|"Compleat" is an exaggeration, but still there's|
a lot in there.
The Large scale combat rules in Fantasy Wargaming were the first time I saw miniatures rules in a roleplaying game. I knew that there was a connection, but this was the place that I saw the connection firsthand.
The system is designed to handle a variable scale. That is, the number of warriors per figure can be changed easily, and the ground scale recalculated to fit. That way, if the players are limited in the number of figures available, they can still manage battles of nearly any size. There are some problems with the system as presented, but they could probably be easily overcome with a little development. For instance, in the rules as written there is no provision for changing the time scale of a turn, so that if, say, a figure represents 300 warriors and the ground scale is therefore 1" = 150 paces, the movement of open order infantry remains 80 paces per turn, or about a half inch!
For convenience, the designers chose to use the basing conventions common at the time, specifically the ones set out in the WRG Ancients/Medieval rules (which I have mentioned before).
In each turn of the miniatures game, there are four phases. Movement comes first, and is pretty simple. Different types of troops are given a base move, and different types of terrain modify that movement. Next comes Distant combat, which is missile fire. There is a formula for determining the number of casualties from missile fire each Distant combat phase. The third phase is Close combat. This uses the smaller force as a base 100%, and the larger force as the percentage of the smaller force (so that if one force is 100 men, and the other 150, then the larger force counts as 150%). This is then modified by a number of factors and then applied to a base a tenth of the men involved in the combat. So, if a force has 320 men and a total percentage of 161, they would inflict 32 x 1.61 = 52 casualties (the number is rounded up). Whichever side inflicts fewer casualties then recoils. This leads to the fourth phase, Morale. This is figured by a quick calculation from a base level (90 to 110), modified by situation. The result is compared a table (another table!) giving a result from (at the low end) "Drop everything, scatter and run like hell away from enemy" through the best "Obey orders" on up to "Charge as a disorganized open order mob at nearest enemy". Morale is good to have, but too much can be as bad as none at all!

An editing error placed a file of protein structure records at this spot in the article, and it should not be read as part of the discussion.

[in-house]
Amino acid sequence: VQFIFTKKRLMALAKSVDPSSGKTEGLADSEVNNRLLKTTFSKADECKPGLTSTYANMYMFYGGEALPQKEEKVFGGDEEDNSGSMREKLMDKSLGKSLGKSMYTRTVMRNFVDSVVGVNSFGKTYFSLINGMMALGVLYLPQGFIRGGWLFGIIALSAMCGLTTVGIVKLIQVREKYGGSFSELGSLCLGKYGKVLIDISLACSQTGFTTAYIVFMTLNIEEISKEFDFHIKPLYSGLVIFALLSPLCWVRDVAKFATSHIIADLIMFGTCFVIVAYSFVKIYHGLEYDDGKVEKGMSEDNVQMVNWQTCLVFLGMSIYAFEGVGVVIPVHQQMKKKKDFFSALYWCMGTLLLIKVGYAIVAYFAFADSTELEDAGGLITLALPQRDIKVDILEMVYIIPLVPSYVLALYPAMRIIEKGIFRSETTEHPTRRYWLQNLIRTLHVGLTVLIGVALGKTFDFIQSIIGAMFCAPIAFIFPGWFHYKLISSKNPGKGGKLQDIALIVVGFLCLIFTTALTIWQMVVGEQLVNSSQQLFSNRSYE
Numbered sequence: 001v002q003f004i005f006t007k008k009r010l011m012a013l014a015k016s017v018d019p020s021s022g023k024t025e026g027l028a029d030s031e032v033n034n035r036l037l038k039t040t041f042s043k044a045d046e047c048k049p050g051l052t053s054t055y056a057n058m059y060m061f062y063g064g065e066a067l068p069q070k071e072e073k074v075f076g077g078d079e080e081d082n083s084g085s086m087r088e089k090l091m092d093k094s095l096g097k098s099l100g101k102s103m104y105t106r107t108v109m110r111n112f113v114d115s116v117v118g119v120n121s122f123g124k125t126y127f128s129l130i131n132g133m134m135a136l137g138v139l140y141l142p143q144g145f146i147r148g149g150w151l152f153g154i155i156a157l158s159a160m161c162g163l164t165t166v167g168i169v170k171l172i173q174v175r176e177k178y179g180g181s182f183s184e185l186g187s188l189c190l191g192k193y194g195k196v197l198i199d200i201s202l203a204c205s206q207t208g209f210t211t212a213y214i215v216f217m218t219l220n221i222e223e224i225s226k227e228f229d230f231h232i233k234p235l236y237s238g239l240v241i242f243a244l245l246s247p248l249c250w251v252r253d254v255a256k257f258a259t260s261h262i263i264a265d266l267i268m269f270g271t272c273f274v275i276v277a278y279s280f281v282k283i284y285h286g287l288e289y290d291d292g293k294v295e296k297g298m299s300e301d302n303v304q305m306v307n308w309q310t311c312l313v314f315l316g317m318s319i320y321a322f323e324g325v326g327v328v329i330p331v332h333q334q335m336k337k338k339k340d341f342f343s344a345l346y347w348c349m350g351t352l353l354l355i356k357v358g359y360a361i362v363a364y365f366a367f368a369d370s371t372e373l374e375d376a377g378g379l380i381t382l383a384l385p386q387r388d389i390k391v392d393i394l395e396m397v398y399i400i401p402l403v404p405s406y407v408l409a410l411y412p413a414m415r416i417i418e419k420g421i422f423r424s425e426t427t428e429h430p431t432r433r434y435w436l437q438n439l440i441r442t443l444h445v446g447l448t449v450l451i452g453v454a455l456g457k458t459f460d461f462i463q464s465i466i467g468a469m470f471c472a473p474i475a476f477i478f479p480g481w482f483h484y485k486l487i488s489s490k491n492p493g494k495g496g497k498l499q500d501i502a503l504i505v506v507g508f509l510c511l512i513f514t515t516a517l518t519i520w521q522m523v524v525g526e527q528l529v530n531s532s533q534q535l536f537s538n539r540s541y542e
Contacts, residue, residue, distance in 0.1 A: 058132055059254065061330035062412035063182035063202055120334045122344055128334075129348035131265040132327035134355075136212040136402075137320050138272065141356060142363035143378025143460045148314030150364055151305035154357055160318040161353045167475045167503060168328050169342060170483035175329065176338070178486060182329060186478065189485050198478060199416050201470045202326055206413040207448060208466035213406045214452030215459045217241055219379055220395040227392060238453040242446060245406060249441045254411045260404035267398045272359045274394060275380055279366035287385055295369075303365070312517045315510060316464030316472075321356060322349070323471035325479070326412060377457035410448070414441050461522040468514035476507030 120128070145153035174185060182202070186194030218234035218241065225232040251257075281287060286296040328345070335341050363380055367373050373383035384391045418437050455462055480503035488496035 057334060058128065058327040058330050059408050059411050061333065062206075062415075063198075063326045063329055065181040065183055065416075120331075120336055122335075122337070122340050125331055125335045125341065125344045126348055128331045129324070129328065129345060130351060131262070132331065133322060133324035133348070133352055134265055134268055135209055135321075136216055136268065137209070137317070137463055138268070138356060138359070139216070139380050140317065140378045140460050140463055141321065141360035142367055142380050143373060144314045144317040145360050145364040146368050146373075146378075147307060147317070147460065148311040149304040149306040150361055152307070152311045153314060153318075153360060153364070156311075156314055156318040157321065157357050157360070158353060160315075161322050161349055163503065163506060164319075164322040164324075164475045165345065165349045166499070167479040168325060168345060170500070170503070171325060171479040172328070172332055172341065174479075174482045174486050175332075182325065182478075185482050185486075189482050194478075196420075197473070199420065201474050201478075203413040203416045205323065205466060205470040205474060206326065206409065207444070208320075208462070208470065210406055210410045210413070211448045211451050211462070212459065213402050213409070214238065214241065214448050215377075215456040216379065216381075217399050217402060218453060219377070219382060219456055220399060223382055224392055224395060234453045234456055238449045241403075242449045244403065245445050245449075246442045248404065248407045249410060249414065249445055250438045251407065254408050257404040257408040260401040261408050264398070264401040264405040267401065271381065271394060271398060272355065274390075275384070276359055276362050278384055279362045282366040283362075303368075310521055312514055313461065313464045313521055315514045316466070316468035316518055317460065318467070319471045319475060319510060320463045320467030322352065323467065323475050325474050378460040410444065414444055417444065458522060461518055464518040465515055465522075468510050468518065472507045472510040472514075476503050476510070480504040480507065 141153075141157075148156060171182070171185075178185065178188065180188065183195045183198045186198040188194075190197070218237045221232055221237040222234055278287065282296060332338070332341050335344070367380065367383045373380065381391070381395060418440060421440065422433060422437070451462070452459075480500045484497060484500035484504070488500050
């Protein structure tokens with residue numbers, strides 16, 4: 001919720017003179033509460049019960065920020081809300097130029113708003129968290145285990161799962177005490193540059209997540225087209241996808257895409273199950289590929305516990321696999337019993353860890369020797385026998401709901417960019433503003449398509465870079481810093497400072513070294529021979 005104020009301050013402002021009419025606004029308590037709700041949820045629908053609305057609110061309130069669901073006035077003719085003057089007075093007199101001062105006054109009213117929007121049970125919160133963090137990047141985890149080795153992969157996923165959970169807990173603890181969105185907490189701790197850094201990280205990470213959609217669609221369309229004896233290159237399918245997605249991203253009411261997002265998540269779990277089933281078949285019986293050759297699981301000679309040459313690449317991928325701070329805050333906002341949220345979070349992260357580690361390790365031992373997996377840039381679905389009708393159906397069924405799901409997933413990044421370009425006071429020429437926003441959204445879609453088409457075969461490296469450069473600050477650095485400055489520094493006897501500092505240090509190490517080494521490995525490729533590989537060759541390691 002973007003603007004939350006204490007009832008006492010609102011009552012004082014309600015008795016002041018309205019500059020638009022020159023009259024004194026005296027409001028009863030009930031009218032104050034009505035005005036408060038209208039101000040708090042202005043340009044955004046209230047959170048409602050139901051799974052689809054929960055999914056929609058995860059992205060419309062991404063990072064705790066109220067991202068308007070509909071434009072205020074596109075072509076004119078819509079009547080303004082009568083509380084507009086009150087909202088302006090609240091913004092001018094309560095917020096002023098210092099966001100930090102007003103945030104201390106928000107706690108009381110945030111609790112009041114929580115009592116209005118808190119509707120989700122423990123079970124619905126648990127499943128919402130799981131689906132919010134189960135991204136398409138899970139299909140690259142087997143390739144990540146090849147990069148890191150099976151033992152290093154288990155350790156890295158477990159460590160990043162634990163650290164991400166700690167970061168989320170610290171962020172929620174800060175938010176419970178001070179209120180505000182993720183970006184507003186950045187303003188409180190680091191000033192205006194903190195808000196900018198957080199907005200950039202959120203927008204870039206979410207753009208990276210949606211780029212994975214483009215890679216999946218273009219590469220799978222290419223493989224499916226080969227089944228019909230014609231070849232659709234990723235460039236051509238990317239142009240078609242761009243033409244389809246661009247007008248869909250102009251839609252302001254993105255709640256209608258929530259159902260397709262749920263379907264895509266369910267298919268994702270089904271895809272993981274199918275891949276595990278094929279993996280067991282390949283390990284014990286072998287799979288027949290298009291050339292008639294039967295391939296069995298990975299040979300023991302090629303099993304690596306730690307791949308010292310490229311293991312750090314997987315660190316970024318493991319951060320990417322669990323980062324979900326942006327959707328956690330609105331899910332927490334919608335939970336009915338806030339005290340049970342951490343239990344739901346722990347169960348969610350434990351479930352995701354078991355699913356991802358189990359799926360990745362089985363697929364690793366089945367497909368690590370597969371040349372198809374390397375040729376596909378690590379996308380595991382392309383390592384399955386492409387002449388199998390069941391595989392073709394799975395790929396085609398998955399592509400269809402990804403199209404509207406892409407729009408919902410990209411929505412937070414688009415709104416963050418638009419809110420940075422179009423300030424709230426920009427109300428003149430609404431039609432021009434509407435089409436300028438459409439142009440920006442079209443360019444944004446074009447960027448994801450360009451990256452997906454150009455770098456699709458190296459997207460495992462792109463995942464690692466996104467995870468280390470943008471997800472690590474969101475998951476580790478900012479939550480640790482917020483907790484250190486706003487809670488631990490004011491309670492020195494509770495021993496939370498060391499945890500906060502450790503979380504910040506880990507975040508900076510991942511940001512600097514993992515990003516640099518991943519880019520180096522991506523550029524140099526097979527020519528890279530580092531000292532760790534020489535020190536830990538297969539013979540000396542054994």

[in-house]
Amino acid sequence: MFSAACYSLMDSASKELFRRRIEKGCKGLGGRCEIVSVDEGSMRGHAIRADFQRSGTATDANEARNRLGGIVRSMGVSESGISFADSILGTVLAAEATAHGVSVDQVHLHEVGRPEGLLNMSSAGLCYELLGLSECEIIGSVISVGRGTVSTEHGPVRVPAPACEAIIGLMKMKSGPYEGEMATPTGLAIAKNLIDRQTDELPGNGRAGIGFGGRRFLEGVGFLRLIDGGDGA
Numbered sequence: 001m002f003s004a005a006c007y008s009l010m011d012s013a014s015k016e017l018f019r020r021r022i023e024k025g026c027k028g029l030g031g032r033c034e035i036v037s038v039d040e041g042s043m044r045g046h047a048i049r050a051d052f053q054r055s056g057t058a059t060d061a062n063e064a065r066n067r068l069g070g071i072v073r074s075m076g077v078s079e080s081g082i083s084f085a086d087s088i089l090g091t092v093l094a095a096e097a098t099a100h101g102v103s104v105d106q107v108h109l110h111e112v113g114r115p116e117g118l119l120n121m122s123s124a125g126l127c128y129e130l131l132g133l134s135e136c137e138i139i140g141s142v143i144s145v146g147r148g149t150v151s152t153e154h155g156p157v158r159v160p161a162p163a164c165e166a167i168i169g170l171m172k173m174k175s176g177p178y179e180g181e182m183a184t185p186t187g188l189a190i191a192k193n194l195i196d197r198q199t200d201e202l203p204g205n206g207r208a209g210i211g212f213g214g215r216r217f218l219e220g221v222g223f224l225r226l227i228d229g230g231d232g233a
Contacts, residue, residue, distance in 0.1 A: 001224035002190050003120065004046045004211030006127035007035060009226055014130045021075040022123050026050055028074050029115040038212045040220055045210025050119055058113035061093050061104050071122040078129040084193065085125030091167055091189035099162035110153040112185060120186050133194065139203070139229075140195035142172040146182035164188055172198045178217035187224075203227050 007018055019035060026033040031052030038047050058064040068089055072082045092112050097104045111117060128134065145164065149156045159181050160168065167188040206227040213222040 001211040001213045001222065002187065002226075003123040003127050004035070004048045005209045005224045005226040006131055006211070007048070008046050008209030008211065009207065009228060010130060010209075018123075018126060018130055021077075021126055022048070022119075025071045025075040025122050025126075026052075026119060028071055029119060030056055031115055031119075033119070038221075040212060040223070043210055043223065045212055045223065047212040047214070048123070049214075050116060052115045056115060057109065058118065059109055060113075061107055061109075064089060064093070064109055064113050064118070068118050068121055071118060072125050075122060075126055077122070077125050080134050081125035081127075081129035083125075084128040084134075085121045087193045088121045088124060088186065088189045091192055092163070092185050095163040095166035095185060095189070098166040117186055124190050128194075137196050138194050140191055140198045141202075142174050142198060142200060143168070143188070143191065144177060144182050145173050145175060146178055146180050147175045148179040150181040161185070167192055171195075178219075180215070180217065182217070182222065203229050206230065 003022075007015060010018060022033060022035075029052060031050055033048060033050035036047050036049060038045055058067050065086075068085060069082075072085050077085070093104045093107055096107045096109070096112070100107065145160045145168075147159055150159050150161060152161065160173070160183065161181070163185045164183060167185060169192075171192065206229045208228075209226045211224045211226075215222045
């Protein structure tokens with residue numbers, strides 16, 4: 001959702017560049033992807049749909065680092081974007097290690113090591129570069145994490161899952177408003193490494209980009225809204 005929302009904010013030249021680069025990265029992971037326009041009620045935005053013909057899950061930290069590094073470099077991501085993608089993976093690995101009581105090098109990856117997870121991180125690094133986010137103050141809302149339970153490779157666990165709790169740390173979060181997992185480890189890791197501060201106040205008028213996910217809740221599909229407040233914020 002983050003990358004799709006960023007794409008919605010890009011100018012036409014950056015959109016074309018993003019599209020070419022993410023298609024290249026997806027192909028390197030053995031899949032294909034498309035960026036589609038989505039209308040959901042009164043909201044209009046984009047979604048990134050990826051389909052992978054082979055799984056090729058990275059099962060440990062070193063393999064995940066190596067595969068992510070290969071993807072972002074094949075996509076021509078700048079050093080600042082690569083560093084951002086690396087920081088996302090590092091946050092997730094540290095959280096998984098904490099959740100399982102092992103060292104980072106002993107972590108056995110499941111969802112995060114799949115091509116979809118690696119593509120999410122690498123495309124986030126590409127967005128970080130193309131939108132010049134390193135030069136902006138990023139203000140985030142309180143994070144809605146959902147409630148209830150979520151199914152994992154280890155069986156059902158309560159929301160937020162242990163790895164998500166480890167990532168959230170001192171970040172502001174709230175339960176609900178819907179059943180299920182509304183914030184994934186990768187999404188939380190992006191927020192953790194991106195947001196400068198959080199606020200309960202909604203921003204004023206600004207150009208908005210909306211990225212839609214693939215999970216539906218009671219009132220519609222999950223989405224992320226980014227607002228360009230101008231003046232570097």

There's a short section regarding personality and leader type figures, which gives some basic guidelines, but nothing too constraining (or helpful). And that's it. There is no provision for incorporating the magic system, monsters, particular characters, and so on, that being left to the Referee. In general, the Large scale combat system is not well integrated into the roleplaying rules, and you get the impression that the designers just wanted to present their own miniatures rules.
I also see that I did forget one element of character creation. A warrior character should select a troop type appropriate to his or her culture and time. This gives the weapons and armor that the character uses best. Those troop types are also used to select troops for mass combat. So, even though a starting character has zero in all three levels, there should still be a "class" of sorts selected. We'll be looking at the ones for magicians and religious types soon enough, but warriors have their own set of options.
Next time, we'll start to look at the magic rules.